This morning, I heard from a young designer who is looking for her first design job in San Francisco. She’s truly talented and she has a strong portfolio, so she is interviewing at over a dozen companies in Silicon Valley.
Yesterday, two separate companies asked her to do quick take-home demo projects to show her design thinking and her abilities. Great! What an opportunity to flex her muscles and show her skills first-hand.
Unfortunately, both companies asked her to do demo projects on their own product which (rightly!) makes her feel a bit queasy.
Dear entrepreneurs and hiring managers, let me explain why this all-too-common practice is both unfair and, even worse, ineffective.
Simply put, it’s unfair to ask someone to do real work for free. It’s especially unfair to ask someone to do real work for free when you’re dangling a carrot in front of them: “Just do this one little project and then maybe you’ll get a great job with our company!”
These designers often have no job at the moment, really need the work, and won’t get any value out of the exchange (i.e. learning).
But, you say, “it’s not real work, it’s just a demo!” I know you think that. And you believe it wholeheartedly. But if the designer comes up with a clever solution, do you really think that even a little part of your unconscious can resist adopting that solution?
Even if you believe with all your heart and intellect that you can firewall your thoughts, there is no way for the designer to know this other than to blindly trust you. And, it’s unfair of you to ask for that one-way trust.
Regardless if you think you are acting fairly, many great designers don’t agree with you. So, when you ask a great candidate to do a demo project on your own product, they might just walk away.
Or, you might not even hear the designer say anything against you. She might quietly, grudgingly do the project and then choose to decide to work for another company with higher standards of fairness.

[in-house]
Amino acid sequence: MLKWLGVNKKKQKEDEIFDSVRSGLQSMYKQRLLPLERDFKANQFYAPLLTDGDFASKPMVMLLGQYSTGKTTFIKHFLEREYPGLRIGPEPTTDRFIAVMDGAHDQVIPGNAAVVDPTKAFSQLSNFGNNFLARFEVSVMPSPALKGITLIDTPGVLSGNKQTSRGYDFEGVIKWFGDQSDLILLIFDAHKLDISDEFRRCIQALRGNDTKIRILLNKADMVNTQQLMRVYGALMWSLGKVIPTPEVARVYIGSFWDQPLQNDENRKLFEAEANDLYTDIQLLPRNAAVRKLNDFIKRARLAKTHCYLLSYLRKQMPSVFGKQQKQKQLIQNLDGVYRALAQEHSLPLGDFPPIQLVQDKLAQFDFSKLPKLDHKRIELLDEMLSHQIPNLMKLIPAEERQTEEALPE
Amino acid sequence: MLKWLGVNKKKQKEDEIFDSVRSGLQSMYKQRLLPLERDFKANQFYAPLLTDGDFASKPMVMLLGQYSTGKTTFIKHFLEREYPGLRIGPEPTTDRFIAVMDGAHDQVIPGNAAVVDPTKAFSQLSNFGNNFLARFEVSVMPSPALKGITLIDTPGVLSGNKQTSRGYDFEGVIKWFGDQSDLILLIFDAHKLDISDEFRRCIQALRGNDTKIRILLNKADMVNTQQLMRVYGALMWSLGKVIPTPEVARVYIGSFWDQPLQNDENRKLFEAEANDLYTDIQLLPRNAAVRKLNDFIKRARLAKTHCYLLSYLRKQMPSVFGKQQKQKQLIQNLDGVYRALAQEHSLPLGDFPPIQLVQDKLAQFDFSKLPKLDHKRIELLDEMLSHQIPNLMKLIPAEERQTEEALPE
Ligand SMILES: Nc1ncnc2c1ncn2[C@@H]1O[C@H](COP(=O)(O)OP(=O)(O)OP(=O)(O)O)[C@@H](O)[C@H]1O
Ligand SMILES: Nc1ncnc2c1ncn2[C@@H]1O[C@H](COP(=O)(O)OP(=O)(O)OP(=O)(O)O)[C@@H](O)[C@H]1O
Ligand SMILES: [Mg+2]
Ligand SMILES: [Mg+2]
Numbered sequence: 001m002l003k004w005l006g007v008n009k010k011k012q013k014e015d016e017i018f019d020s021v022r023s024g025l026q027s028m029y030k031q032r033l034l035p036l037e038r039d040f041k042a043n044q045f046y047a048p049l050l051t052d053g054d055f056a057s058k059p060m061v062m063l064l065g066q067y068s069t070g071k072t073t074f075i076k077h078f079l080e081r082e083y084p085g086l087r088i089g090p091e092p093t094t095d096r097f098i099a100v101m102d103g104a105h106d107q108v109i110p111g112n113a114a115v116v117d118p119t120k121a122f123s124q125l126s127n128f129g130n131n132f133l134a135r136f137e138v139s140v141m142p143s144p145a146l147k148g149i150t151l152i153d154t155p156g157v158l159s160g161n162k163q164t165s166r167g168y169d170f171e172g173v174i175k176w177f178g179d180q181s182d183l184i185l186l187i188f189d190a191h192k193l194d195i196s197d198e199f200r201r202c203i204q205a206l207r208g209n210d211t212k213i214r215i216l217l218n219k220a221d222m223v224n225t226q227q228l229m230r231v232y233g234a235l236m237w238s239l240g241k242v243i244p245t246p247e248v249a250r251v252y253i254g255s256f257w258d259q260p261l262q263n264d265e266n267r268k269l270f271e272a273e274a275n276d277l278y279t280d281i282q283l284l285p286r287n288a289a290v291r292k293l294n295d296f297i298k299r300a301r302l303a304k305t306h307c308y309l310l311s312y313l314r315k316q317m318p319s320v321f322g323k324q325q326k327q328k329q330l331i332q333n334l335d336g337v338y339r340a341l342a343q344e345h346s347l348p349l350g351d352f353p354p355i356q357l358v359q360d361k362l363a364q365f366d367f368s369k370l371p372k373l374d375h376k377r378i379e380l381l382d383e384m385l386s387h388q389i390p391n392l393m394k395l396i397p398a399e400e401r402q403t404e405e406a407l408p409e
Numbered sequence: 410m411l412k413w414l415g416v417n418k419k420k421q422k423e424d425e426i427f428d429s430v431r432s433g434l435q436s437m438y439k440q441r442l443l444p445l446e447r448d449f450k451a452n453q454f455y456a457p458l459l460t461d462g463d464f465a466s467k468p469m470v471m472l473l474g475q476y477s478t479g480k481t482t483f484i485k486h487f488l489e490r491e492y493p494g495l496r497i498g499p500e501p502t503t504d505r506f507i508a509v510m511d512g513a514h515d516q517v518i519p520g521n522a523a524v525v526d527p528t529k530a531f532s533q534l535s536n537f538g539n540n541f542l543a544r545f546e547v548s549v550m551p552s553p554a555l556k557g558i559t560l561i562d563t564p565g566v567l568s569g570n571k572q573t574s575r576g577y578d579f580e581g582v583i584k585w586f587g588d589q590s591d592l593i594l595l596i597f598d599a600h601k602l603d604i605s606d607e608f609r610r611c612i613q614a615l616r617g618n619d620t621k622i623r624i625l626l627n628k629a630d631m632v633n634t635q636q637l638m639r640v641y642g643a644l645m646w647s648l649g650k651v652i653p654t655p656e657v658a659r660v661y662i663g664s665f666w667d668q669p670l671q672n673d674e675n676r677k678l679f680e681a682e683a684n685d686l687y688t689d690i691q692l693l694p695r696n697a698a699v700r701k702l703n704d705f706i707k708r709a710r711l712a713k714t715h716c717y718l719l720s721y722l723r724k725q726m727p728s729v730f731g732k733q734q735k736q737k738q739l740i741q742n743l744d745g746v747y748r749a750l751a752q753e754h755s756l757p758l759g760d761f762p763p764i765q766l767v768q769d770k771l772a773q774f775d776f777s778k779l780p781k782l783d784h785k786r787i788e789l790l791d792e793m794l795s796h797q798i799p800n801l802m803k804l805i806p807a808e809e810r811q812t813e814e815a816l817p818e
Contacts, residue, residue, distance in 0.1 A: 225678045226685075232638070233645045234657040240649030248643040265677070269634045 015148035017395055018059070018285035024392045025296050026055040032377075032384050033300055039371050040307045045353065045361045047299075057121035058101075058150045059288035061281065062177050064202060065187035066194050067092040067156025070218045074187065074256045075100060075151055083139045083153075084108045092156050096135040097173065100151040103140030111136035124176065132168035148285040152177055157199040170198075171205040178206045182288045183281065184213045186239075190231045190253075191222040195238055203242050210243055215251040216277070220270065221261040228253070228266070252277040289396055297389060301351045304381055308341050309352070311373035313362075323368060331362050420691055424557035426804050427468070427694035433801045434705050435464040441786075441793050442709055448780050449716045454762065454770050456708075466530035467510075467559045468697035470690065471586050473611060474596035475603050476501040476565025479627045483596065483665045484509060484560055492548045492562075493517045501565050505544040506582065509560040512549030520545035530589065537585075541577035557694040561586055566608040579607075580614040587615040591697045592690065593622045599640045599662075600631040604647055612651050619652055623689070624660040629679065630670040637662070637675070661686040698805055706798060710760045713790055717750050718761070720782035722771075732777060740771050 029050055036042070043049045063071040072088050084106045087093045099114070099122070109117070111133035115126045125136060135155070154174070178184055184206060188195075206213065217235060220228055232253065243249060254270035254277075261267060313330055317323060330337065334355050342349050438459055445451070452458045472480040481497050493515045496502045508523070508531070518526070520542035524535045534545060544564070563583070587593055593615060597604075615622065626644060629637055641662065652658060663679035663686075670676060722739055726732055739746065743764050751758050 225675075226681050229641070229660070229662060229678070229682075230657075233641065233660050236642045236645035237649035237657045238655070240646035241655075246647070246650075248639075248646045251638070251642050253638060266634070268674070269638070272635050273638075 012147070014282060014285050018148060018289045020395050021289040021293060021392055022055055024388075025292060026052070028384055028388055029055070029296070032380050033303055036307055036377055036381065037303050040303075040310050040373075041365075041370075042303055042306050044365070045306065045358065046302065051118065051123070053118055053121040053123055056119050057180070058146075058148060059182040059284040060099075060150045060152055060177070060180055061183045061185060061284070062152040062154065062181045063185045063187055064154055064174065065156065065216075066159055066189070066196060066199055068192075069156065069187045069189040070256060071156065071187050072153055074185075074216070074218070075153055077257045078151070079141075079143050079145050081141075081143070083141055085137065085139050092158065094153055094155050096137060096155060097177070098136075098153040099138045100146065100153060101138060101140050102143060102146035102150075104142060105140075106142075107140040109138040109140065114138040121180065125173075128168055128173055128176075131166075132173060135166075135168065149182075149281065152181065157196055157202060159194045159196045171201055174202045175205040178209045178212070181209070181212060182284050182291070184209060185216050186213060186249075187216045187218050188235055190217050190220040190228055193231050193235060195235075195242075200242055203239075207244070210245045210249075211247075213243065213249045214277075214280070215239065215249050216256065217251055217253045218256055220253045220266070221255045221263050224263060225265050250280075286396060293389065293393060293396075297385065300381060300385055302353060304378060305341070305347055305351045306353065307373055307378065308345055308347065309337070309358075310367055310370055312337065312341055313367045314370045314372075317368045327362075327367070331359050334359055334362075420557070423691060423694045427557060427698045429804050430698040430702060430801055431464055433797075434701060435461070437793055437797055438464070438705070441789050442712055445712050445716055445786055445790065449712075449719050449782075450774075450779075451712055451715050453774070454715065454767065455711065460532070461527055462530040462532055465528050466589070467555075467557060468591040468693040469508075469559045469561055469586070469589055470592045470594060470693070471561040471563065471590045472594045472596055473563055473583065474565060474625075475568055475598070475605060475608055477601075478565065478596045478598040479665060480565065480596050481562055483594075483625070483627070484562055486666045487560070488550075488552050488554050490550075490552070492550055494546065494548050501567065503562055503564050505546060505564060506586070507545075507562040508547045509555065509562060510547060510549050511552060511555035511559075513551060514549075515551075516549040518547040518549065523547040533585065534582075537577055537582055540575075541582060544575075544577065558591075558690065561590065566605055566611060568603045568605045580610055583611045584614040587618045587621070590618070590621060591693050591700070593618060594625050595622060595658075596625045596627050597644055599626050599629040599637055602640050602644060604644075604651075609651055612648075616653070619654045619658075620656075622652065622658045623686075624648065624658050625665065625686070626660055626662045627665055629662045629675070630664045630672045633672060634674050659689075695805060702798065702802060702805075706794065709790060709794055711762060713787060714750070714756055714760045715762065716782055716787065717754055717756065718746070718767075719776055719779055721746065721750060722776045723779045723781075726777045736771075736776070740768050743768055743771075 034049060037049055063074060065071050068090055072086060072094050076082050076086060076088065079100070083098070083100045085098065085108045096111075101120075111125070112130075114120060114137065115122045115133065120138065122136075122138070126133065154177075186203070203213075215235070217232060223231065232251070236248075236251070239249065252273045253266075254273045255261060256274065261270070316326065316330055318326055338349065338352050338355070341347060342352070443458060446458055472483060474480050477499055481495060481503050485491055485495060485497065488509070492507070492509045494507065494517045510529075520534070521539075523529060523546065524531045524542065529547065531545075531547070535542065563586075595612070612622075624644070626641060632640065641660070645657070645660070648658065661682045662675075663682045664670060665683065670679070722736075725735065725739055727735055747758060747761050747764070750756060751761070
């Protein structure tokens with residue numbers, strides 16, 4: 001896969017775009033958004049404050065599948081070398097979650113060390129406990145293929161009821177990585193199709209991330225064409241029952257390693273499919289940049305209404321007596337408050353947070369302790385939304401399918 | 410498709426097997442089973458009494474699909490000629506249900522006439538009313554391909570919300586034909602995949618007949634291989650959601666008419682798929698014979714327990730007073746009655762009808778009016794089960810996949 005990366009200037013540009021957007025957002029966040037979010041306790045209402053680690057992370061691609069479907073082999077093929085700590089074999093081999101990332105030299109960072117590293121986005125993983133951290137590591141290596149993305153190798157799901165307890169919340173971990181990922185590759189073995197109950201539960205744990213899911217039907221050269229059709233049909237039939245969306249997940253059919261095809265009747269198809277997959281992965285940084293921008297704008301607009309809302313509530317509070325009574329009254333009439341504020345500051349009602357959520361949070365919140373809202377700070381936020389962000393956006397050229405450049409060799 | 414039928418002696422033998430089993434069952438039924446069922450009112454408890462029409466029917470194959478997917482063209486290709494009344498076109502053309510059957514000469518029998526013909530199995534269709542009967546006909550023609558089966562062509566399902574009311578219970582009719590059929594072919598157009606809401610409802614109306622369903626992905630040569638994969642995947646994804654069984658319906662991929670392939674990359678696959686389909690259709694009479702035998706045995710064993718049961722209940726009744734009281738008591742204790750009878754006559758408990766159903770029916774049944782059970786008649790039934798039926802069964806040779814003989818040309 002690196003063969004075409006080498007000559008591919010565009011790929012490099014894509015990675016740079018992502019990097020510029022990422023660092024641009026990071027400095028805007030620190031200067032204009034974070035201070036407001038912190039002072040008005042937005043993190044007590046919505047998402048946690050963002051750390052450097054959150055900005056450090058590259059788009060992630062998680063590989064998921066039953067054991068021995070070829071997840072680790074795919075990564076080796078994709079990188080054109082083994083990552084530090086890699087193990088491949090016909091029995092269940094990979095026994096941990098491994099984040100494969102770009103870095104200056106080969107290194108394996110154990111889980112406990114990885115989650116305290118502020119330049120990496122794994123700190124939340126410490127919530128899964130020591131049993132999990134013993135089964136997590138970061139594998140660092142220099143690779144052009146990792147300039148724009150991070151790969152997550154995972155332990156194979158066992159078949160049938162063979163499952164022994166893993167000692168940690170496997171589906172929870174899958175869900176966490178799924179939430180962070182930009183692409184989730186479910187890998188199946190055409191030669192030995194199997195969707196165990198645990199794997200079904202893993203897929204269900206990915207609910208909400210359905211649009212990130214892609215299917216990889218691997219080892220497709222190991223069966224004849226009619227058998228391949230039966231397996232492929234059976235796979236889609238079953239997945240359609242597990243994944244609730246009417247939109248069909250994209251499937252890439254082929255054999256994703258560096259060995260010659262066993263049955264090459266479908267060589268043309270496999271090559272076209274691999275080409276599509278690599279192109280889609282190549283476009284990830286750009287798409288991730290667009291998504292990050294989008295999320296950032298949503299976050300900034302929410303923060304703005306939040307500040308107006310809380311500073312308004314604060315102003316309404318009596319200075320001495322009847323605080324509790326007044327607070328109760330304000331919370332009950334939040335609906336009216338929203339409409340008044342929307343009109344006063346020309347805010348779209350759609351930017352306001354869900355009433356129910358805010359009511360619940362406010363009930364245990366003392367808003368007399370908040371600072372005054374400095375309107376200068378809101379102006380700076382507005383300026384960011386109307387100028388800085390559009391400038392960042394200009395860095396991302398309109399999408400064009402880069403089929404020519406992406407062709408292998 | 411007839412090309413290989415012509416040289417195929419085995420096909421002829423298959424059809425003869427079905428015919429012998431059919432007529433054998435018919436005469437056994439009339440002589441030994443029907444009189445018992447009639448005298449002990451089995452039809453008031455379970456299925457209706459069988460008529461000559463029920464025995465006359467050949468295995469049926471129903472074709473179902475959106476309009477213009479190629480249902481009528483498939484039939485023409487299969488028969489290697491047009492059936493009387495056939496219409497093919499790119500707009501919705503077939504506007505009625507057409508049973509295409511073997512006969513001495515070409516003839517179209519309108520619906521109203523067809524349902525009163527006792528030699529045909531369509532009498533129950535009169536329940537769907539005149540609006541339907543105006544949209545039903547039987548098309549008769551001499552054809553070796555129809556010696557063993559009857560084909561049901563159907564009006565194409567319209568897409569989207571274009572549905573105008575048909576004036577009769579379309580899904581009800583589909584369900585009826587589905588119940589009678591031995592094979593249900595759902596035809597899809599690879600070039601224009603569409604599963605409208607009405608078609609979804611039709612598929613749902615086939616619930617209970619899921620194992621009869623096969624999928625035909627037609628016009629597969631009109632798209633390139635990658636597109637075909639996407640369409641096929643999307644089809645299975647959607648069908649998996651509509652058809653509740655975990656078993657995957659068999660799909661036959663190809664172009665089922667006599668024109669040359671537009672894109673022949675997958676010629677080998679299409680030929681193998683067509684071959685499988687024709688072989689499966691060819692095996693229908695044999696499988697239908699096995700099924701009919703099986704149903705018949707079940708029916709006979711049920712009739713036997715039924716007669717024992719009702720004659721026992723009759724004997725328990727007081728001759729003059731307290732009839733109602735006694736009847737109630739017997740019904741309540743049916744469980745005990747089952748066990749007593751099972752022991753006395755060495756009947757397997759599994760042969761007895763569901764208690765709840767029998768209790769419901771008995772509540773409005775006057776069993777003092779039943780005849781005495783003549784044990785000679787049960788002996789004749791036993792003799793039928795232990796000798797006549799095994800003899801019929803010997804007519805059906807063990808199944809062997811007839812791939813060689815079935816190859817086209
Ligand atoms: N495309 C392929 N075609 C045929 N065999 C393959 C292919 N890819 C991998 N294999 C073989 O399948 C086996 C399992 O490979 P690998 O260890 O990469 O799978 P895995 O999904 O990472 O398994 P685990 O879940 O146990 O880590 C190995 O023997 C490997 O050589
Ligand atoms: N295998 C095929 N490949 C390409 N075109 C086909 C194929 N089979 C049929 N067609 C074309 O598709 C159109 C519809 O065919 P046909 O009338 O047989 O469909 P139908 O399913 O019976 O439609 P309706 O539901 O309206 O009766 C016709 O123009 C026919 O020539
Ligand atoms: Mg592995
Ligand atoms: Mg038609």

Either way, you lose for skating on a thin ethical line.
I may not convince you that this practice is unfair, but frankly that won’t keep me up at night because the more important thing to know is that it is simply ineffective.
You know a lot about your own product. You know things that are proven to work, things that were tried and didn’t work, things that are easy or hard to implement, things that are inextricably linked in the product, and things that seem promising that your team is currently considering.
You’re also heavily biased towards decisions that you helped make.
When an outside designer comes in and makes suggestions, you will immediately see the holes. “But, isn’t that great? That will help me choose the best candidate!” Not really.
The designer is identifying the most promising solutions that she can see. You have an unusual vantage point, so you can’t visualize the designer’s outside perspective — her solutions are possibly the most likely solutions with the data available to her.
In the end, you will choose the candidate who just happens to try solutions that align with your perspective. That’s a matter of chance, not a matter of ability.
Instead, work together in-person on a great challenge
Test exercises are great! Immediately after a designer’s portfolio, I think that in-person design exercises are the second best way to gauge a designer’s skills.
You’re not hiring a designer who goes off into a corner to magically create perfect solutions like she can read your mind. You are hiring someone who can work with a team to identify the right problems, create the best solutions, and test the real-world effectiveness of those choices.
So, work on a design exercise with the candidate and you will learn much more about her abilities.
Braden Kowitz, a design partner at Google Ventures, has written a superb and thorough article on How to interview a designer with the perfect design exercise. He outlines several possible exercises that will help you determine a candidate’s thought process, overall ability, and preparedness to work well on a team — all critical for hiring the right person and few of which you’ll get from a take-home demo project on your own product.